FIG. 3 illustrates a portion of an exemplary routing table 300 associated with a node of FIG. 2. The possible values for each character position in the node ID are listed in the columns. Note: the routing table continues to the left to include the remaining character values in the 8-bit character space and continues downward to include remaining character positions in the node IDs, but these portions are not shown. Each row corresponds to a character position in the node IDs within the network. Each table element stores a node ID pattern and an IP address (not shown) for the associated node (i.e., potentially, the next node in the routing progression). The “*” symbol represents a wildcard that matches any pattern. As such, the node ID pattern “A*” is satisfied by any data key starting with an “A” character.
 The empty table elements represent prefixes satisfied by the current node (i.e., the node with which the routing table is associated). For example, table elements for “F*”, “FO*”, “FOO*”, “FOO.*”, “FOO.B*”, and “FOO.BA*” are empty, signifying that the current node has a node ID prefix of “FOO.BA”. Therefore, the routing table 300 cannot be the routing table of node 206 (Node ID=“Foo.Angela”) in FIG. 2, but may be the routing table for one of nodes 208, 210, 212, 204, or one of the other nodes having the node ID prefix “FOO.BA”.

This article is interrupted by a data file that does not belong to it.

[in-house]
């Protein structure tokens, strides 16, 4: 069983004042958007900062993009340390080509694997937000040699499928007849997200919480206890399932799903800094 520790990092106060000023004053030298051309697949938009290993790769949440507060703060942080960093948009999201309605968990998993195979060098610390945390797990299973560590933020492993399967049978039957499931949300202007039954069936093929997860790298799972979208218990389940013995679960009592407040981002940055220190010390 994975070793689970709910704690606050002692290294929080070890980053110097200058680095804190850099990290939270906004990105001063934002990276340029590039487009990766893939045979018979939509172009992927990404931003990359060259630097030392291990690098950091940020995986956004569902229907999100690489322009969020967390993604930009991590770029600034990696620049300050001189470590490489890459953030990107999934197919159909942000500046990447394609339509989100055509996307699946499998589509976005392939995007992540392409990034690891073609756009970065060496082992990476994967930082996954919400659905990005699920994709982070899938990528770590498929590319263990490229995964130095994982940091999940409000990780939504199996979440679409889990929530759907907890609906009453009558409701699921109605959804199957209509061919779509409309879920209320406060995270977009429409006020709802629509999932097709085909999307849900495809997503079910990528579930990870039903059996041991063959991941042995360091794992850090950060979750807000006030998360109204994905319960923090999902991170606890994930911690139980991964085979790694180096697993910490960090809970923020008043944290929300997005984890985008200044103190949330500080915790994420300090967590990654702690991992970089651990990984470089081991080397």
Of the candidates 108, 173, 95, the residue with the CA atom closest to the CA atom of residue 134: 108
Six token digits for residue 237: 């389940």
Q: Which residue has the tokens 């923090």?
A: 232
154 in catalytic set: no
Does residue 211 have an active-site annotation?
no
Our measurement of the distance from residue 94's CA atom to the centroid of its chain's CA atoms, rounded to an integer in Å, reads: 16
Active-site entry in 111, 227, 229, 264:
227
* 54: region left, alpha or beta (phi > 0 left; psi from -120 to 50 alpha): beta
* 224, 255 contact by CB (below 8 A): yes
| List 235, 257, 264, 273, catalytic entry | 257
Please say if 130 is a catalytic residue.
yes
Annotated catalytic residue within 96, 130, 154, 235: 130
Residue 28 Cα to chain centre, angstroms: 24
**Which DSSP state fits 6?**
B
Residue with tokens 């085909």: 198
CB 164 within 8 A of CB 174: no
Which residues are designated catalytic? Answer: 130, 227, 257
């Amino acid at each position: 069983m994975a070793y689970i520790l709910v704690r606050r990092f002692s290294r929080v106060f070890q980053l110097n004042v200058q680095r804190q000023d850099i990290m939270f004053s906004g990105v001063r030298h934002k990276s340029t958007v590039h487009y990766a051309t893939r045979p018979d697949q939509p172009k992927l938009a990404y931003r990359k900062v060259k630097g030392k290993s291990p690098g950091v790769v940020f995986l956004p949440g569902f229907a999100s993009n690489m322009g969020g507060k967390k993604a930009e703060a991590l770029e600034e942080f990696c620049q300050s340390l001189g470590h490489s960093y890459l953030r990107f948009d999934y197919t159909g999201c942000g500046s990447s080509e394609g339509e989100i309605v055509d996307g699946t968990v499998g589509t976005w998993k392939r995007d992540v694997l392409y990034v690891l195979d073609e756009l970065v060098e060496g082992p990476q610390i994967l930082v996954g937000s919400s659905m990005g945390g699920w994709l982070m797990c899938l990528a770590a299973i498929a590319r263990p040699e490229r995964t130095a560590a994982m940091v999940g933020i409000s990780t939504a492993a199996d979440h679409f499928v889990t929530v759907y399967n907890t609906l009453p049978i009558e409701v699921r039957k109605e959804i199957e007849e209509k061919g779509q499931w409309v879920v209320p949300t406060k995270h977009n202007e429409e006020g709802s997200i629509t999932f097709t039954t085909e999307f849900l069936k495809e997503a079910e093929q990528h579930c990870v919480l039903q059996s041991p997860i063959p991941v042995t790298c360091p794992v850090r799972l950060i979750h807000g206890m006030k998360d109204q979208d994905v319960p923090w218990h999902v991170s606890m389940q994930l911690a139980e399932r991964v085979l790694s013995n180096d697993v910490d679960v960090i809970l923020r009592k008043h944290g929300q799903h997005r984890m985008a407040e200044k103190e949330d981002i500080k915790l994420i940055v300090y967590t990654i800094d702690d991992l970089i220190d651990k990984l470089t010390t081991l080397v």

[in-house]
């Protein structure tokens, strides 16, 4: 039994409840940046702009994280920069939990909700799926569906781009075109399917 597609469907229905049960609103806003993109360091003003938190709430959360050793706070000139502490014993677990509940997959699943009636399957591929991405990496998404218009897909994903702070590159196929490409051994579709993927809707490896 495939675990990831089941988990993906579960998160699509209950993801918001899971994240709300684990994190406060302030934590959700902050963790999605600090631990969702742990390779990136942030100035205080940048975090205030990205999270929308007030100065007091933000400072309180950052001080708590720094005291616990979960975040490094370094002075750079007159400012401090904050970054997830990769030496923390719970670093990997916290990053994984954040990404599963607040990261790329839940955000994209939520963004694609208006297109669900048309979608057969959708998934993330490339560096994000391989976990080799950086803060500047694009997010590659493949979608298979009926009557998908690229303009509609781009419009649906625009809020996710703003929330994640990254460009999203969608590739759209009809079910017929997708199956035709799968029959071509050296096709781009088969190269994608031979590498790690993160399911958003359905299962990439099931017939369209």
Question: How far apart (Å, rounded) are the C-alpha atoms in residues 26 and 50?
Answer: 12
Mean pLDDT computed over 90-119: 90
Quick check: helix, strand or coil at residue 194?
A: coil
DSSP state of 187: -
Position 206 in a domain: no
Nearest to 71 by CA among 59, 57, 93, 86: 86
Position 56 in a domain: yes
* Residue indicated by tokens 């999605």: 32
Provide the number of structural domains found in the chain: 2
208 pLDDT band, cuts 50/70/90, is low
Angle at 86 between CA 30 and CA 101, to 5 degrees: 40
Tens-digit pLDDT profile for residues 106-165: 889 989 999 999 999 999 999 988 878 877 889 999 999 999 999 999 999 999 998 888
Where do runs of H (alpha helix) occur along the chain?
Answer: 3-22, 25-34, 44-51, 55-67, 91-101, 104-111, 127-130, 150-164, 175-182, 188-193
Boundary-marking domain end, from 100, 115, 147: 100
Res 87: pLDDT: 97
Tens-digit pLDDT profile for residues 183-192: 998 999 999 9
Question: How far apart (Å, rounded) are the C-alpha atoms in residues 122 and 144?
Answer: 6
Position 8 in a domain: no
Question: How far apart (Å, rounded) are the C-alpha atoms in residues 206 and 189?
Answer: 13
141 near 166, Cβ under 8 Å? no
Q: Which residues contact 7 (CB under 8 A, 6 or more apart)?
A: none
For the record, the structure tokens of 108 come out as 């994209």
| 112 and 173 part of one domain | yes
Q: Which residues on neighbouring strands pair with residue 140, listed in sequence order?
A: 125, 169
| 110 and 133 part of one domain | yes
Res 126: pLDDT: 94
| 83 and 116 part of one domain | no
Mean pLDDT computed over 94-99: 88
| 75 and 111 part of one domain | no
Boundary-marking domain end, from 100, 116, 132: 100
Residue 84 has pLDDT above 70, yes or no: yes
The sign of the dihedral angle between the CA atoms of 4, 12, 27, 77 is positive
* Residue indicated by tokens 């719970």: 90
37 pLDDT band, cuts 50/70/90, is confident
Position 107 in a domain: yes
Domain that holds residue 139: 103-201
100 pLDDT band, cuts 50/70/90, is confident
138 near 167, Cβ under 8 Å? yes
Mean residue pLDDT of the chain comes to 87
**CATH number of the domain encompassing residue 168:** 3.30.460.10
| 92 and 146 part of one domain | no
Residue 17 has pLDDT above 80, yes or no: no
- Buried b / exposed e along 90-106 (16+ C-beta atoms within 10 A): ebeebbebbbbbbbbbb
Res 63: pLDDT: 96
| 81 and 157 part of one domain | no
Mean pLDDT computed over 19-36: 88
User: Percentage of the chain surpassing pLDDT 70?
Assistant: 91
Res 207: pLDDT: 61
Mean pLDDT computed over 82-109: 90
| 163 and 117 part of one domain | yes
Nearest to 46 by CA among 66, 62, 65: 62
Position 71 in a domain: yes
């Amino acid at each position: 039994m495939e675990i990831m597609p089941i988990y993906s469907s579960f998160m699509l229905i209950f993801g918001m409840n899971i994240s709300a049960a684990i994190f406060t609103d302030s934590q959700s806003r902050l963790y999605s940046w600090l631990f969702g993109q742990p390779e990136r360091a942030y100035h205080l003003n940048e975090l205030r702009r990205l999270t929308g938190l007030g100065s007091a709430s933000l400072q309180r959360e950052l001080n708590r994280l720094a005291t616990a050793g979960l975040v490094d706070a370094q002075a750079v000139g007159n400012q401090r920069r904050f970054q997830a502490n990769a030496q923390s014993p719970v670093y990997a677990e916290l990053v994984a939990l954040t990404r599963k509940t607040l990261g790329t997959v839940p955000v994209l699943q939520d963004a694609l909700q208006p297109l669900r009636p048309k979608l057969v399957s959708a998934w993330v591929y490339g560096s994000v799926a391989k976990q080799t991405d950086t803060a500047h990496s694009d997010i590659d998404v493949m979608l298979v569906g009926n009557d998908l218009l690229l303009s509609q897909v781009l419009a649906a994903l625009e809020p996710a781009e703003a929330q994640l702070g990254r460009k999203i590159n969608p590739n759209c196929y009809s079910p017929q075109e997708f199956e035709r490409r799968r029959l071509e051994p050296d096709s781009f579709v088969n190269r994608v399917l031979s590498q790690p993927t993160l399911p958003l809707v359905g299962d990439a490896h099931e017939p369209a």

After a message is received at a node having routing table 300, the data key of the node is compared to table elements of the routing table 300. The table element having the longest prefix match with the data key is selected and the message is forwarded to the IP address associated with the table element. As discussed previously, some optimizations and exceptions may be implemented, such as when a node ID of a table element matches the entire data key, when the table element having the longest prefix match does not have an associated IP address, etc.